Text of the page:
Due to polypharmacy and the rising popularity of so-called alternative medicines (SCAM), oncology patients are particularly at risk of drug-drug interactions (DDI) or herb-drug interactions (HDI). The aims of this study were to assess DDI and HDI in outpatients taking oral anticancer drugs.
All prescribed and non-prescribed medications, including SCAMs, were prospectively collected by hospital pharmacists during a structured interview with the patient. DDI and HDI were analyzed using four interaction software programs: Thériaque®, Drugs.com®, Hédrine, and Memorial Sloan Kettering Cancer Center (MSKCC) database. All detected interactions were characterized by severity, risk, and action mechanism. The need for pharmaceutical intervention to modify drug use was determined on a case-by-case basis.
A total of 294 patients were included, with a mean age of 67 years [55-79]. The median number of chronic drugs per patient was 8 [1-29] and 55% of patients used at least one SCAM. At least 1 interaction was found for 267 patients (90.8%): 263 (89.4%) with DDI, 68 (23.1%) with HDI, and 64 (21.7%) with both DDI and HDI. Only 13% of the DDI were found in Thériaque® and Drugs.com® databases, and 125 (2.5%) were reported with a similar level of risk on both databases. 104 HDI were identified with only 9.5% of the interactions found in both databases. 103 pharmaceutical interventions were performed, involving 61 patients (20.7%).
The authors concluded that potentially clinically relevant drug interactions were frequently identified in this study, showing that several databases and structured screening are required to detect more interactions and optimize medication safety.
These data imply that DDIs are more frequent than HDIs. This does, however, not tell us which are more important. One crucial difference between DDIs and HDIs is that the former are usually known to the oncology team who should thus be able to prevent them or deal with them appropriately; in contrast, HDIs are often not known to the oncology team because many patients fail to disclose the fact that they take herbal remedies. Some forget, some do not think of herbals as medicine, others may be worried about their physician’s reaction.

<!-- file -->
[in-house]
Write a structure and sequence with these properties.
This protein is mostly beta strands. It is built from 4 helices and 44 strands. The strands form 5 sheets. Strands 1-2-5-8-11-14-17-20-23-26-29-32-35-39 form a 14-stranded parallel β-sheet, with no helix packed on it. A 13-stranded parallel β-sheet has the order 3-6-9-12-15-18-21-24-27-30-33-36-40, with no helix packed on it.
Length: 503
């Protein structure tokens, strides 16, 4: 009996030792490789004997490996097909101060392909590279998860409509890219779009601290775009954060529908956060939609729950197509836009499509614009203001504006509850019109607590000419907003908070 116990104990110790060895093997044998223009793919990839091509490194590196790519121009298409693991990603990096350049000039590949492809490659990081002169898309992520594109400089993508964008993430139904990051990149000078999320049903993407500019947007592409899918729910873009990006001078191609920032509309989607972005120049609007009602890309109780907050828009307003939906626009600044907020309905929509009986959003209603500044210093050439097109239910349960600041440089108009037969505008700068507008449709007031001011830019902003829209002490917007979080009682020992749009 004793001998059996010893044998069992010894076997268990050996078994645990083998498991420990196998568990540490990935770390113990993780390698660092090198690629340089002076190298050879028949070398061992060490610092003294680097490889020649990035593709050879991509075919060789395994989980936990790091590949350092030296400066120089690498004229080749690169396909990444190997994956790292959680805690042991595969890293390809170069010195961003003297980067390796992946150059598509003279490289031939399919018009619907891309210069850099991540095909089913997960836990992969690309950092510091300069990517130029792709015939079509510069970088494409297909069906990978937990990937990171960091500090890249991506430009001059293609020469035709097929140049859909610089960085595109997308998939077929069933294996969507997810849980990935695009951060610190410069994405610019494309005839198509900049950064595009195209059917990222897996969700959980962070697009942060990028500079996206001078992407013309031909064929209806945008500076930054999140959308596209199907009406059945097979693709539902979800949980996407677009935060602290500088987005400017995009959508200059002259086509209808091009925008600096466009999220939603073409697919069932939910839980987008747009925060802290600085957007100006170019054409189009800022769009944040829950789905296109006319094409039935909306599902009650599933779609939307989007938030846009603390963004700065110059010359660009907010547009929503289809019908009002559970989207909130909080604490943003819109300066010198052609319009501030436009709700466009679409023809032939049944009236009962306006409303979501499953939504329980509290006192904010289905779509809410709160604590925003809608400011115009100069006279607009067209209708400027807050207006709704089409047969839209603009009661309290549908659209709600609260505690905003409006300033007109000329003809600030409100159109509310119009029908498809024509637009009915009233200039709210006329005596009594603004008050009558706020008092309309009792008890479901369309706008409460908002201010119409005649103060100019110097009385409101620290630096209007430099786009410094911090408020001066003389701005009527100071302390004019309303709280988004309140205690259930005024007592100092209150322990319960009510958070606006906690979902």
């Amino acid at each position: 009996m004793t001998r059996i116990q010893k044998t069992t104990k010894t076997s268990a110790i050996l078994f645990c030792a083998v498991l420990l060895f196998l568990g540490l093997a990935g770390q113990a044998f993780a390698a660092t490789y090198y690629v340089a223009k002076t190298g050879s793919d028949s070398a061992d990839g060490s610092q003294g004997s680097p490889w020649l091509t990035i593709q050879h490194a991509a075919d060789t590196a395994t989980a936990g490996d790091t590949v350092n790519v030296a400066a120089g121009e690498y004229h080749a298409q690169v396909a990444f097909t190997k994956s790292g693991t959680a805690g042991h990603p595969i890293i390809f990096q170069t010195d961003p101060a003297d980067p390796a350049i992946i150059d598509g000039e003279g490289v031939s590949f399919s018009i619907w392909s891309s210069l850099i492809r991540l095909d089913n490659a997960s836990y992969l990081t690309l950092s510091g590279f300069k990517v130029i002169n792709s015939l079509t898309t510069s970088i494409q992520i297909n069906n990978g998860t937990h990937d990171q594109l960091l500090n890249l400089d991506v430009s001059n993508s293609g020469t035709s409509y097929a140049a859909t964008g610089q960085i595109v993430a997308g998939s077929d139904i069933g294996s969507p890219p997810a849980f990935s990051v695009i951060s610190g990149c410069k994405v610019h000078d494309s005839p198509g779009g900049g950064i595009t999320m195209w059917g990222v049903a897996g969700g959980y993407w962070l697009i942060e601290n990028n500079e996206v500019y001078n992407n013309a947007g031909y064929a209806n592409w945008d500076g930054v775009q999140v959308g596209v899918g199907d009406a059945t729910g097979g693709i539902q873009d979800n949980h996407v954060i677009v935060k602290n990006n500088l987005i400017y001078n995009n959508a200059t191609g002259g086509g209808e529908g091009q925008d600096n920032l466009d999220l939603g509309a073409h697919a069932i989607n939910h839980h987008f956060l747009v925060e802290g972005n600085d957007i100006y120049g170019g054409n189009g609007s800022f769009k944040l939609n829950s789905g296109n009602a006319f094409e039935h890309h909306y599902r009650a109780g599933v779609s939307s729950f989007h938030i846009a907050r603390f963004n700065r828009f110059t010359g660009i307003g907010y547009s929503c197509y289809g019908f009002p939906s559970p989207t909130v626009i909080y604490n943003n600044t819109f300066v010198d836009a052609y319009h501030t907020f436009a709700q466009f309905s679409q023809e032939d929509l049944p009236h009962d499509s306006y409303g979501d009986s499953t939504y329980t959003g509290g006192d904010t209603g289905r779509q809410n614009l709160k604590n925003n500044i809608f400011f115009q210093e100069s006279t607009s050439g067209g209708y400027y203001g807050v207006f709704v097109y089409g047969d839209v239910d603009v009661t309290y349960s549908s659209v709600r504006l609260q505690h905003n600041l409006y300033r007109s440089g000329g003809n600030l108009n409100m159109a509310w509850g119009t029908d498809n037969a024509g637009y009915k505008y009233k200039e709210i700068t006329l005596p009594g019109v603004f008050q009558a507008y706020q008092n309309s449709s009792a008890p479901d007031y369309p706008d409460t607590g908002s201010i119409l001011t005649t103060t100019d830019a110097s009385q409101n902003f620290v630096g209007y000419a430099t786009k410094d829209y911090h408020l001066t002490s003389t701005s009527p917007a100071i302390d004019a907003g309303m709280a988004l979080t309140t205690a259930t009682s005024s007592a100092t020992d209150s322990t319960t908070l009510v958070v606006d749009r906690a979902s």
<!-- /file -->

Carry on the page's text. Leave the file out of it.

It follows that firstly, conventional healthcare practitioners should always ask about the usage of herbal remedies, and secondly, they need to be informed about which herbal remedy might interact with which drug. The first can easily be implemented into routine history-taking; the second is more problematic, not least because our knowledge about HDIs is still woefully incomplete. In view of this, it might often be wise to tell patients to stop taking herbal remedies while they are on prescription drugs.
A low intake of selenium has been associated with increased cardiovascular mortality in some epidemiological studies. This could be reduced by supplementation with selenium and coenzyme Q10. D-dimer, a fragment of fibrin mirroring fibrinolysis, is a biomarker of thromboembolism, increased inflammation, endothelial dysfunction and is associated with cardiovascular mortality in ischemic heart disease.
The objective of this trial was to examine the impact of selenium and coenzyme Q10 on the level of D-dimer, and its relationship to cardiovascular mortality. D-dimer was measured in 213 individuals at the start and after 48 months of a randomised double-blind placebo-controlled trial with selenium yeast (200 µg/day) and coenzyme Q10 (200 mg/day) (n = 106) or placebo (n = 107). The follow-up time was 4.9 years.
All included individuals were low in selenium (mean 67 μg/L, SD 16.8). The differences in D-dimer concentration were evaluated by the use of T-tests, repeated measures of variance, and ANCOVA analyses. At the end, a significantly lower D-dimer concentration was observed in the active treatment group in comparison with those on placebo (p = 0.006). Although D-dimer values at baseline were weakly associated with high-sensitive CRP, while being more strongly associated with soluble tumour necrosis factor receptor 1 and sP-selectin, controlling for these in the analysis there was an independent effect on D-dimer.
In participants with a D-dimer level above median at baseline, the supplementation resulted in significantly lower cardiovascular mortality compared to those on placebo (p = 0.014). All results were validated with a persisting significant difference between the two groups.
The authors concluded that supplementation with selenium and coenzyme Q10 in a group of elderly low in selenium and coenzyme Q10 prevented an increase in D-dimer and reduced the risk of cardiovascular mortality in comparison with the placebo group. The obtained results also illustrate important associations between inflammation, endothelial function and cardiovascular risk.